Hyperthermia, or heat, has been used to treat tumors for many years. One way that heat can destroy tumors is to damage the new blood vessels that feed the tumor. Because of this possibility, laser-induced hyperthermia or transpupillary thermotherapy (TTT) has been used to treat the new blood vessels occurring in the choroidal cell layer that lead to legal blindness in patients with age-related macular degeneration. Although human clinical trials have started, the dose of heat given has been based on cancer data. There is very little information on how heat affects the normal eye or an eye with new blood vessels. Dr. Tolentino is studying the effect of TTT on normal eye tissue and eye tissue that has neovacularization in order to establish a dosage level that can be used as a guideline for human therapy. His goal is also to determine the correlation between laser power and temperature and the factors that can alter their relationship, such as pigmentation, subretinal fluid and the wavelength of the laser. In addition, Dr. Tolentino hopes to gain a better understanding of programmed cell death and the production of heat shock proteins in order to have a better understanding of how TTT affects the eye.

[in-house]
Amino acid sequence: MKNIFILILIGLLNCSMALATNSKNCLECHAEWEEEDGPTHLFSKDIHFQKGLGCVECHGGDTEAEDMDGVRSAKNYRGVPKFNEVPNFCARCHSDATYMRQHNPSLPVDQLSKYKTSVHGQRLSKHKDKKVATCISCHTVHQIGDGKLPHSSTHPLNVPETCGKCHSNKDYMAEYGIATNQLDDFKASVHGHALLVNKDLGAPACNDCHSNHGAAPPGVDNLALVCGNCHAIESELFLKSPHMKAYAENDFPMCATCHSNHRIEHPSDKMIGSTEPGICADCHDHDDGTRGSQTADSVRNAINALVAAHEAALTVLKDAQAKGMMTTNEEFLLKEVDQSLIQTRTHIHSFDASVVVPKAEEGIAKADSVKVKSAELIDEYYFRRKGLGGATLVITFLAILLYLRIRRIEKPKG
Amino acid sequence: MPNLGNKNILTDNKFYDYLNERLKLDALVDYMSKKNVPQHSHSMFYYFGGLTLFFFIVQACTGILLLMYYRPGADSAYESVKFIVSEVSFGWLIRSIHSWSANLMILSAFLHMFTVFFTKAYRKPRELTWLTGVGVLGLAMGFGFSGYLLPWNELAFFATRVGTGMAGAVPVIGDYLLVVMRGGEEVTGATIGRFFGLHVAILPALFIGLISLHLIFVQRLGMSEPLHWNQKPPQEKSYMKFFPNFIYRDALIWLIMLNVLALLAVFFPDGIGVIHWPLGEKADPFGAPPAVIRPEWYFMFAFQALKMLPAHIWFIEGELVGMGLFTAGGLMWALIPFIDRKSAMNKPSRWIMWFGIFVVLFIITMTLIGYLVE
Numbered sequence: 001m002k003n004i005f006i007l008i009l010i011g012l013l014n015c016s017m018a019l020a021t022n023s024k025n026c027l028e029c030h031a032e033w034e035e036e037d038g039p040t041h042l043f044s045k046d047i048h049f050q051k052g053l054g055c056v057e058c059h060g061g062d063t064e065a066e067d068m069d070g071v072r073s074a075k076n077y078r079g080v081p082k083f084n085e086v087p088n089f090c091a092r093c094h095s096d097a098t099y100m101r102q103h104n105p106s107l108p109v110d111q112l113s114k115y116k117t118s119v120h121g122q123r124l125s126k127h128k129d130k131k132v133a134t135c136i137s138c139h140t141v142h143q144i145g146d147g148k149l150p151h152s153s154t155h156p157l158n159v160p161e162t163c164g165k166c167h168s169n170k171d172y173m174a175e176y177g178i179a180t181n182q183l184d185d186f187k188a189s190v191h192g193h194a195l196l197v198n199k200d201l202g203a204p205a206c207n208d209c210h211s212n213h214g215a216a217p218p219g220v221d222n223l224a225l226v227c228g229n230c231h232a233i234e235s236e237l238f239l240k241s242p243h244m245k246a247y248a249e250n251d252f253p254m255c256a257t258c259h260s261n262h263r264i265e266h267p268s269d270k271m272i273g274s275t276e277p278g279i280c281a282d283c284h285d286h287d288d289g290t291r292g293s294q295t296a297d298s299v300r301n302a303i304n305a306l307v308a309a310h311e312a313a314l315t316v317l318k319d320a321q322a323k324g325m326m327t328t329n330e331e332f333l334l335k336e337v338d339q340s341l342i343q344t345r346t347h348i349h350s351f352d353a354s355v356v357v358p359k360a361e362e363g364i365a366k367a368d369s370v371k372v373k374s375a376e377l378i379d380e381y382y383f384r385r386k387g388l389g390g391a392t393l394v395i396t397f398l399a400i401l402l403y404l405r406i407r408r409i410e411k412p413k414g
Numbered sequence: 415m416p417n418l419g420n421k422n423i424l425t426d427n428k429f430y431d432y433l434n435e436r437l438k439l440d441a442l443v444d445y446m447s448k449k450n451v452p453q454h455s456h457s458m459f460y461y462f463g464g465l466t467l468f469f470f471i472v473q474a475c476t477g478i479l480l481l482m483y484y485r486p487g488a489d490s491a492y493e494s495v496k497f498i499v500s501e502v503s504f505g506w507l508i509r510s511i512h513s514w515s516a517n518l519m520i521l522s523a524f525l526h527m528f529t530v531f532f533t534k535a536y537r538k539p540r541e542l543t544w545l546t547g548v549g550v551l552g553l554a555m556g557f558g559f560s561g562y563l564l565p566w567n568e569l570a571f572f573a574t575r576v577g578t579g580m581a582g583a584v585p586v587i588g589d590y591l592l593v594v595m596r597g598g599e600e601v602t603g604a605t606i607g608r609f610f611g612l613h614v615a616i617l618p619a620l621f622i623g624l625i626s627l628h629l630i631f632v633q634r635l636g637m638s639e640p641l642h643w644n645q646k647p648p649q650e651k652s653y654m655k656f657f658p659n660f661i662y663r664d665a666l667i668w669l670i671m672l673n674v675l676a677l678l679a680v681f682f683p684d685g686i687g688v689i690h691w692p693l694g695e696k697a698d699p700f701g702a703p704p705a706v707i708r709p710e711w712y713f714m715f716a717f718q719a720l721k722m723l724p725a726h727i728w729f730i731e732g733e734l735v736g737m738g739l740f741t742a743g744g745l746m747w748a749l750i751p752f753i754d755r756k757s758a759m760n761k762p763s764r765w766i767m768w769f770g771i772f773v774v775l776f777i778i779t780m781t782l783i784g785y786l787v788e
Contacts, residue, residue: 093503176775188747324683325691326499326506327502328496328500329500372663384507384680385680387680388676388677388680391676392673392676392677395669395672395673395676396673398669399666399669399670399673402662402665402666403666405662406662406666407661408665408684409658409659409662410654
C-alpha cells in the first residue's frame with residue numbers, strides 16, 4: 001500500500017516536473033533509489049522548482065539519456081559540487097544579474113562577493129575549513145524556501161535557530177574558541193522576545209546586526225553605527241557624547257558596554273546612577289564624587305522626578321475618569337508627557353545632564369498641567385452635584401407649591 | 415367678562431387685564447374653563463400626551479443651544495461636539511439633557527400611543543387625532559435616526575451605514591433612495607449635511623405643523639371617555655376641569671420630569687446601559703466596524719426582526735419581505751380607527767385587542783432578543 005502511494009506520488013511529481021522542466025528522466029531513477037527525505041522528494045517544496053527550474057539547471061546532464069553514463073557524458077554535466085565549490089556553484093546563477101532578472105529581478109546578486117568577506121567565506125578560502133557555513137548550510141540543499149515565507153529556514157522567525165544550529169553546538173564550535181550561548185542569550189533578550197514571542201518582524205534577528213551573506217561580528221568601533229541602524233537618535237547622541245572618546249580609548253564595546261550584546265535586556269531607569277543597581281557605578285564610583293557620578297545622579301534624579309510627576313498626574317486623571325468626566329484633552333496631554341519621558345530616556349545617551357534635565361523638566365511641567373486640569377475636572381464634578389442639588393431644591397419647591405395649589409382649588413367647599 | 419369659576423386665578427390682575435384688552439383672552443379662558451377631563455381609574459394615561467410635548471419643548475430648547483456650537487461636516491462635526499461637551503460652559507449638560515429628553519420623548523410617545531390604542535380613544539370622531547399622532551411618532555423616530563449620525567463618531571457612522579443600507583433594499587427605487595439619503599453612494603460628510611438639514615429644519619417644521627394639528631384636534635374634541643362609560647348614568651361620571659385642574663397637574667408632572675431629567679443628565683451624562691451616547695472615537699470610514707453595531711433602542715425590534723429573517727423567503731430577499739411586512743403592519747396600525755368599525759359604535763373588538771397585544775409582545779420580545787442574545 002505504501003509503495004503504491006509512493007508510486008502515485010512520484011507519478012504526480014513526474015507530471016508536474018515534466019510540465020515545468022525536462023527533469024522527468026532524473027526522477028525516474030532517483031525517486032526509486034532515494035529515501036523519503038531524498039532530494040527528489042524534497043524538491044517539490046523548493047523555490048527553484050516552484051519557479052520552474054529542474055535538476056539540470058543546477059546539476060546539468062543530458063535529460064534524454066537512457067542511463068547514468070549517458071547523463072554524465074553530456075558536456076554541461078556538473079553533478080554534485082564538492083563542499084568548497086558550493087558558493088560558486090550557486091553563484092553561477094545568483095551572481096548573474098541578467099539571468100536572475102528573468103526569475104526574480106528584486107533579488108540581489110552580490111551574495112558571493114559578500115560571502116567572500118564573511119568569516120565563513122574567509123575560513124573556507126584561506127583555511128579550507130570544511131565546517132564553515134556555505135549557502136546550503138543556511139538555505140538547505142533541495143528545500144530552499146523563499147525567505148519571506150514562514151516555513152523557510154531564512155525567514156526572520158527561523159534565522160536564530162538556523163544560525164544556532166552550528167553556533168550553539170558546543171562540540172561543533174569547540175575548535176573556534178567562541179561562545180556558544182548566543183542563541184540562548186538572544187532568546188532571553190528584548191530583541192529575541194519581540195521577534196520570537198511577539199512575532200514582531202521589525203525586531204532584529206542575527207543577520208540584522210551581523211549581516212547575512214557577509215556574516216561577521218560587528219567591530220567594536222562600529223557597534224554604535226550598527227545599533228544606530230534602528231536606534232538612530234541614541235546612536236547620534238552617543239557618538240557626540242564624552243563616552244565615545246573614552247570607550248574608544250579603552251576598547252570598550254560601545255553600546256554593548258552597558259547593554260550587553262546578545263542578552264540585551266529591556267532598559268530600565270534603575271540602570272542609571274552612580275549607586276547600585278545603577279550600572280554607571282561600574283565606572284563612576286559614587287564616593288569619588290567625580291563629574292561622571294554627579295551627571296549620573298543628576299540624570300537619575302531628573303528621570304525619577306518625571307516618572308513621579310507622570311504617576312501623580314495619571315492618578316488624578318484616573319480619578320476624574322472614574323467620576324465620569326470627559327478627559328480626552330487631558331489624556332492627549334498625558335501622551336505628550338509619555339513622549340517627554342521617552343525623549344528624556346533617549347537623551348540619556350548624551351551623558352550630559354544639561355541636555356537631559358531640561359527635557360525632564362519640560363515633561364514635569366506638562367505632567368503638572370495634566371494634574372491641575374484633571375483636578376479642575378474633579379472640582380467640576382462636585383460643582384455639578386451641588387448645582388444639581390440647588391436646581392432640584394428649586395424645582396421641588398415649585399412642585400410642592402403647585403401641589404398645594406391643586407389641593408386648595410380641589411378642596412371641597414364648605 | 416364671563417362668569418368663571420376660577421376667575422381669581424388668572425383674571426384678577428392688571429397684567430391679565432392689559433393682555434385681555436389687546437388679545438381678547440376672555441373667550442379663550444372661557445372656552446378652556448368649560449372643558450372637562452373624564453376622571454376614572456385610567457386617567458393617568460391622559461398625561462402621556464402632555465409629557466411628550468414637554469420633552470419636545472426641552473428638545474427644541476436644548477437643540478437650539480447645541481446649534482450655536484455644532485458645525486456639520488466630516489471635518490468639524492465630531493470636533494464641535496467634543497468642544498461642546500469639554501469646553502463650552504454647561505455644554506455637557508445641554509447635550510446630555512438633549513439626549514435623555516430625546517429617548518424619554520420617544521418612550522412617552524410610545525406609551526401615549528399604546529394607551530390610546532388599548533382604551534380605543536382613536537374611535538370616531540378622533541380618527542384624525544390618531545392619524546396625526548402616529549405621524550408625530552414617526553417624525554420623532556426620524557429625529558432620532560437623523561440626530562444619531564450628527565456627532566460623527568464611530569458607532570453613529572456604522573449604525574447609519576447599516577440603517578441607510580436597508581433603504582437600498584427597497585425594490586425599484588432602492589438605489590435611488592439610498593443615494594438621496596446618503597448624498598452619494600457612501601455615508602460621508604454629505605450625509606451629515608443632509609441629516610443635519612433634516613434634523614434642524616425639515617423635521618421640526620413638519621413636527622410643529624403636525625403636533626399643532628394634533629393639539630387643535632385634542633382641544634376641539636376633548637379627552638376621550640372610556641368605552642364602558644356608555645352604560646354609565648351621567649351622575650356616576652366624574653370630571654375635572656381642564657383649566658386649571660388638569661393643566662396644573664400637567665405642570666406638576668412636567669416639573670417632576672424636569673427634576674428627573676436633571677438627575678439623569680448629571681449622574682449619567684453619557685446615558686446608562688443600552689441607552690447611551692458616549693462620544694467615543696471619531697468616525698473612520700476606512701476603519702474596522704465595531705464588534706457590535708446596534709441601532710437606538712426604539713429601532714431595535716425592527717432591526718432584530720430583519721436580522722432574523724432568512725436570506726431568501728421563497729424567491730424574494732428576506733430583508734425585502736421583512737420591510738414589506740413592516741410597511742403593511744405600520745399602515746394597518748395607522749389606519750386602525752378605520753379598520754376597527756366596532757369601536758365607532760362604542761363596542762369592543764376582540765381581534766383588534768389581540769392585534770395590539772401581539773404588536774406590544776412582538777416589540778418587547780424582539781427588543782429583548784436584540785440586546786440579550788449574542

First published on: June 10, 2008
Last modified on: June 11, 2008